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I'm getting close to graduation and am strongly considering continuing to a Master's Program. My long-term goal for the future is to stay in industry rather than pursuing a Ph.D/Academic career. While communicating these thoughts with some of my peers, I've been told that staying in the same University for both a Bachelor's and Master's degree is ill-advisable. The reasons seem to be based along the lines of lack of exposure to other opportunities, programs, and faculty.

My question is, if I intend to pursue a career outside of the Ph.D/Academic spectrum, will staying at the same university for my master's really decrease my value in software related positions? If so (or if not), why?

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If you don;t want to go into research, then don;t get a Master's directly from your BS. You willhave two more years of college to pay for and will still be looking at entry level jobs and may be less attractive to most employers because you will be perceived as too expensive for an entry level job. Get a Masters after 4-5 years of work experieince instead. –  HLGEM Jan 12 '11 at 14:30
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closed as not constructive by Yannis Rizos Mar 7 '12 at 17:45

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6 Answers

up vote 17 down vote accepted

It isn't so much about reducing your value if you stay. You should be asking, can I increase my value if I move? If you can, then move. If not, why bother?

Some Pros for staying

  • You're comfortable there, so you'll just glide into the work
  • You know the quality of the institute
  • You will already have working relationships with the professors

Some Pros for going elsewhere

  • It will expand your network
  • It will give you fresh perspectives you might not have known/thought about/experienced where you are
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It really comes down to the reputation of your school. No one is going to turn away a student who got an B.S. + M.S in CS from MIT because of "lack of exposure" conversely if your school is ranked 2999 out of 3000 for CS schools you should transfer for the masters. Additionally I am choosing to do the masters + phd at one university.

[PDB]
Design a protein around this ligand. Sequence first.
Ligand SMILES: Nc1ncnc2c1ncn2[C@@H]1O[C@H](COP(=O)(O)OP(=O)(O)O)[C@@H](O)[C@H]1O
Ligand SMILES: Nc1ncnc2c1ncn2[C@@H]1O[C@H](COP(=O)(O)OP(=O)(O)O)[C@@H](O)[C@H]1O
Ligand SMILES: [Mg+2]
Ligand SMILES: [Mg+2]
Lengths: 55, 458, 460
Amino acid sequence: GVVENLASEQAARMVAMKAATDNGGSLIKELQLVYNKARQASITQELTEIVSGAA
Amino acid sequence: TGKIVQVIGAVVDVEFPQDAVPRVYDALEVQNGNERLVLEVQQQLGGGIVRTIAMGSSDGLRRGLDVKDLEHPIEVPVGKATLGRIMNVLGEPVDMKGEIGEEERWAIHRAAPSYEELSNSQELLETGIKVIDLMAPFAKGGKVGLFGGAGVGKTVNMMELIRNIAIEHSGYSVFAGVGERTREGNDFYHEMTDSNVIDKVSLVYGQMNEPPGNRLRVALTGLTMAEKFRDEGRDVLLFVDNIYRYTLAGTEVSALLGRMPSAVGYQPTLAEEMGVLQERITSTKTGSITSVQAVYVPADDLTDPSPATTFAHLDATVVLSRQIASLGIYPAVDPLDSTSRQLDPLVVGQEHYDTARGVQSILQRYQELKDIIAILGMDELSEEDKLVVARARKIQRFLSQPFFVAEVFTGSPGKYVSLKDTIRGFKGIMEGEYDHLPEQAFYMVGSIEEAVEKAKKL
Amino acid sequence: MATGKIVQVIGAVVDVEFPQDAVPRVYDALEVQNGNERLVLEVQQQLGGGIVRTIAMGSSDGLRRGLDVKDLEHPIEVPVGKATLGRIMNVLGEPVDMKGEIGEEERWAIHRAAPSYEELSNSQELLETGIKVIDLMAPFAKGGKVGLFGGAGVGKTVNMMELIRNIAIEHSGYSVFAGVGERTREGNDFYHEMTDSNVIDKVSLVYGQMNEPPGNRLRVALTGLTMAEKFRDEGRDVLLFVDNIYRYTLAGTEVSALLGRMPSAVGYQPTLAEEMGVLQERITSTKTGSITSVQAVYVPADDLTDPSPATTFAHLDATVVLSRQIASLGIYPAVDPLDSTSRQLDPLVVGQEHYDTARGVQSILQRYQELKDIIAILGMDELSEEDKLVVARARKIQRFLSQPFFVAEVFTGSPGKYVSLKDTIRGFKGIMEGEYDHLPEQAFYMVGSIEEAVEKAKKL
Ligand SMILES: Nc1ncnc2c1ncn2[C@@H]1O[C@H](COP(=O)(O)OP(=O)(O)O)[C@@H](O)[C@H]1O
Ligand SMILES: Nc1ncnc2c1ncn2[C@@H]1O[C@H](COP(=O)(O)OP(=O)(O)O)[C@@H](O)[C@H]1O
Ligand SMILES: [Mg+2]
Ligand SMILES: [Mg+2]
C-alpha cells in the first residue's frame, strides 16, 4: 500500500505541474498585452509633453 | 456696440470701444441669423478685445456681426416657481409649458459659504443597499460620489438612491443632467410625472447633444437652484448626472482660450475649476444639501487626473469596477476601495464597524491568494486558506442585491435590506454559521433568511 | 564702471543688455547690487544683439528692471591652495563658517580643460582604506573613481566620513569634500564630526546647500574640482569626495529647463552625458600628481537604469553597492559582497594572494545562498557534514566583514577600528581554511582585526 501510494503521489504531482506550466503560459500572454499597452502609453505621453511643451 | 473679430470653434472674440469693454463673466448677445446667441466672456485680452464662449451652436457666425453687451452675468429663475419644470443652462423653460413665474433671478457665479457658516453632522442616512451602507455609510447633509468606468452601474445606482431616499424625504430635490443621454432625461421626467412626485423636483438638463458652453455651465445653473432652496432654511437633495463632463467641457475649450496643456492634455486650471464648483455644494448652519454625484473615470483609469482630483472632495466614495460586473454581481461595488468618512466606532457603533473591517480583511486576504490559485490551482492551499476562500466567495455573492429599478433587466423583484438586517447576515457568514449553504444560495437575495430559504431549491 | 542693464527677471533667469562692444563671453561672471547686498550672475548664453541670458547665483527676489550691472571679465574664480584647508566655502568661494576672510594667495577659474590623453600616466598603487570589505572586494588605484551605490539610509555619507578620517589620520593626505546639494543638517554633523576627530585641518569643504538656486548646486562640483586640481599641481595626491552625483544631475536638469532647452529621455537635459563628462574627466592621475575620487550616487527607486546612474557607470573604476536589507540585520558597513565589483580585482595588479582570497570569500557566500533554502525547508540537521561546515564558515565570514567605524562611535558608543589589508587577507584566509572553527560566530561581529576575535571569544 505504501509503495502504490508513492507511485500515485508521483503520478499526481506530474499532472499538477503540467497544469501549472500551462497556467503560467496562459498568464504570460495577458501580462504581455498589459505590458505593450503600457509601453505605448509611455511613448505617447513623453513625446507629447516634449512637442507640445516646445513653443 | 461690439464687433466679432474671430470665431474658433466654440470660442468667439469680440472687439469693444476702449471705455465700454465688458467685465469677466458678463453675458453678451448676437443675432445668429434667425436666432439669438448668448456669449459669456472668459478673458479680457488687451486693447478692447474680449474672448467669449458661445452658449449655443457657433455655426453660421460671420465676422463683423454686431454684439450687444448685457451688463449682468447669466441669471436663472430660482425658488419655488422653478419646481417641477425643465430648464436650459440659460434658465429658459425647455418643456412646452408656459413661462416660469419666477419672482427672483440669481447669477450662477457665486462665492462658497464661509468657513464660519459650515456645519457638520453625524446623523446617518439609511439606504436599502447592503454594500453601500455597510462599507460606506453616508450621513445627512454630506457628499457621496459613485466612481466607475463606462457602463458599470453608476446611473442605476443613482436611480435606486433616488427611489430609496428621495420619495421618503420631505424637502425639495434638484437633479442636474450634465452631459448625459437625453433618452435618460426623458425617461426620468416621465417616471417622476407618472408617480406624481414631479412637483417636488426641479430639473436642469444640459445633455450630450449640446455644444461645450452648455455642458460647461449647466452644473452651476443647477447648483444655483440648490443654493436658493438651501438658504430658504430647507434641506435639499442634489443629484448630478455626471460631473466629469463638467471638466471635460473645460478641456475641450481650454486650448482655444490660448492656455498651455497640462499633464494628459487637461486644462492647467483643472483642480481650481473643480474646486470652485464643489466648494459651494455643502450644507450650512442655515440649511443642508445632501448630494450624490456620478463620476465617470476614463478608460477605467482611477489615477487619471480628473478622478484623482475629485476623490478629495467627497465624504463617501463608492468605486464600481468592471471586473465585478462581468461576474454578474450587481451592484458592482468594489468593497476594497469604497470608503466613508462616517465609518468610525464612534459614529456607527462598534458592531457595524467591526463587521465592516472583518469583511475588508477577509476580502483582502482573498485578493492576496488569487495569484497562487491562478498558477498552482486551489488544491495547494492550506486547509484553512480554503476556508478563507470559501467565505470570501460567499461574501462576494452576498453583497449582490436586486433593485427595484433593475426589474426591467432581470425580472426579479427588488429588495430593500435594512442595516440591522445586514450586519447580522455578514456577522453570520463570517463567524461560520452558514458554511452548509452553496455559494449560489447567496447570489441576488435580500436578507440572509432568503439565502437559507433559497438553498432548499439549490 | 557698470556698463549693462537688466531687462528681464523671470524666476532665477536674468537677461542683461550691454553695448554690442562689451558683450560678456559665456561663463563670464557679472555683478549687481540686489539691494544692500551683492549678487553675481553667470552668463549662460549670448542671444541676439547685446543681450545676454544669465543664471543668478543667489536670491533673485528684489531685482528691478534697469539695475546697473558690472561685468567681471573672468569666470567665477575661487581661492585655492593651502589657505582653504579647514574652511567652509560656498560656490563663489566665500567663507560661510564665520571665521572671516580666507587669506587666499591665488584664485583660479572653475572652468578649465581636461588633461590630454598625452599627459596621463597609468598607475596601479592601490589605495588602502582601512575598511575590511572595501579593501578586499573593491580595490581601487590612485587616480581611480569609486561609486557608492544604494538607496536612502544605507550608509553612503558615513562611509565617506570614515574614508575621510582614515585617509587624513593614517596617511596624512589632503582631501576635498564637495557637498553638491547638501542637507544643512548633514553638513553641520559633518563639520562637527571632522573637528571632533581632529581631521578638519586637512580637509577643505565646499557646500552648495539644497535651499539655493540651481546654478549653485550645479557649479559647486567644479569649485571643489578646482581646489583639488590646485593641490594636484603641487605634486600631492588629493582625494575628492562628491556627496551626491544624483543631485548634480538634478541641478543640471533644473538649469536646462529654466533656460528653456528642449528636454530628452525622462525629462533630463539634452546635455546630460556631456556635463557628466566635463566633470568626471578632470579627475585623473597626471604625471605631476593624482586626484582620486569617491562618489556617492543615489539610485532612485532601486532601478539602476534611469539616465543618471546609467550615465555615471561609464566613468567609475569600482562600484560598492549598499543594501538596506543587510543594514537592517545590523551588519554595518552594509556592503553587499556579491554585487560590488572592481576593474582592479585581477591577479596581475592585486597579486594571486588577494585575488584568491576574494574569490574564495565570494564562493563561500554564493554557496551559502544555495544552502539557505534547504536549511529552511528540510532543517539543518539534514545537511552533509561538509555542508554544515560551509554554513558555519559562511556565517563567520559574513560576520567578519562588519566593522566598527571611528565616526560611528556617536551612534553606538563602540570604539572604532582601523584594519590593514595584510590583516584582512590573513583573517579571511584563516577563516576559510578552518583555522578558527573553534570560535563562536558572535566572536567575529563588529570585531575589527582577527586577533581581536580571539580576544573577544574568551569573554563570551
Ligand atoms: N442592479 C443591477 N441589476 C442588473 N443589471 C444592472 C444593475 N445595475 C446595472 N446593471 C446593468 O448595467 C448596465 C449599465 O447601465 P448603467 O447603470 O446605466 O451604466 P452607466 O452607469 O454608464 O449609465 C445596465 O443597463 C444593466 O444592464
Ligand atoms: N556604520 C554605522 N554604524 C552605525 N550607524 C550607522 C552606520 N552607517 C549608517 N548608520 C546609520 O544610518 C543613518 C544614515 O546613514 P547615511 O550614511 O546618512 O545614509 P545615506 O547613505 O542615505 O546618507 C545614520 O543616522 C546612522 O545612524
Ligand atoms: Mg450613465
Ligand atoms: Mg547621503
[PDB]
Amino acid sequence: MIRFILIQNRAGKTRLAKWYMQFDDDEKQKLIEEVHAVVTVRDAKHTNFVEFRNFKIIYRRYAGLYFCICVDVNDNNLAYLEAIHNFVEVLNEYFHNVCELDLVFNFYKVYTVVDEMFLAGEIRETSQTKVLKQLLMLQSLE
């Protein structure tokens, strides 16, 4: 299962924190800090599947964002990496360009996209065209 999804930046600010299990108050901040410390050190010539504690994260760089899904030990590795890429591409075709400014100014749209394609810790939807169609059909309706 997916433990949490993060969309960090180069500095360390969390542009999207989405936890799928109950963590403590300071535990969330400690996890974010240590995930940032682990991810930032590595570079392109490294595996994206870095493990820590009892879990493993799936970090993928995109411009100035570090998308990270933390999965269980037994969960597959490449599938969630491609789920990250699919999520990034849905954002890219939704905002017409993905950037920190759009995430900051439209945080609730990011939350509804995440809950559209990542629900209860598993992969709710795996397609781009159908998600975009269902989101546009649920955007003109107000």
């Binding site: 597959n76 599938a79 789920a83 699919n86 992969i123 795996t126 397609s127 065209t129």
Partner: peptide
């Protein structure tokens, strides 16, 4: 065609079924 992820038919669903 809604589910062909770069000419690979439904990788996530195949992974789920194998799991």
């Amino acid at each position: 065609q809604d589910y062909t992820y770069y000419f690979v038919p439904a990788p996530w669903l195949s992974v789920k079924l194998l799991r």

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The real answer is more of an economic one than the one you've phrased.

  • If you are getting your masters because the economy is bad and you want to ride it out, I'd advise against doing so.
  • If you are getting your masters because you want to learn more, then go ahead and get your masters.

Many folks are having troubles getting their first job out of college. Consequently many are staying in school to get a masters in order to wait out the recession/downturn. I think this is a mistake because far too many folks are doing exactly the same, and they'll end up graduating and competing with folks who lack the student loan burden.

Anecdote: I was having lunch today and at the table next to me, one college senior was chatting with her father (oh hell, I'm older than him) describing her boyfriend having a 4 hour programming test at a recent interview.

My first bachelors degree was in electrical engineering. I had thought about going ahead and completing my masters right away, until I did the math. At that time, the median salary for a masters was less than 10% higher than the median salary for a bachelors. Once you account for the lost earnings of the year or two that it takes to complete the masters, how long does it take you to recover the lost earnings? At that time, the differential would have taken almost 30 years to pay itself back. Sure, my career trajectory would have been completely different. But then my career trajectory would also have been completely different if I had gotten my PE.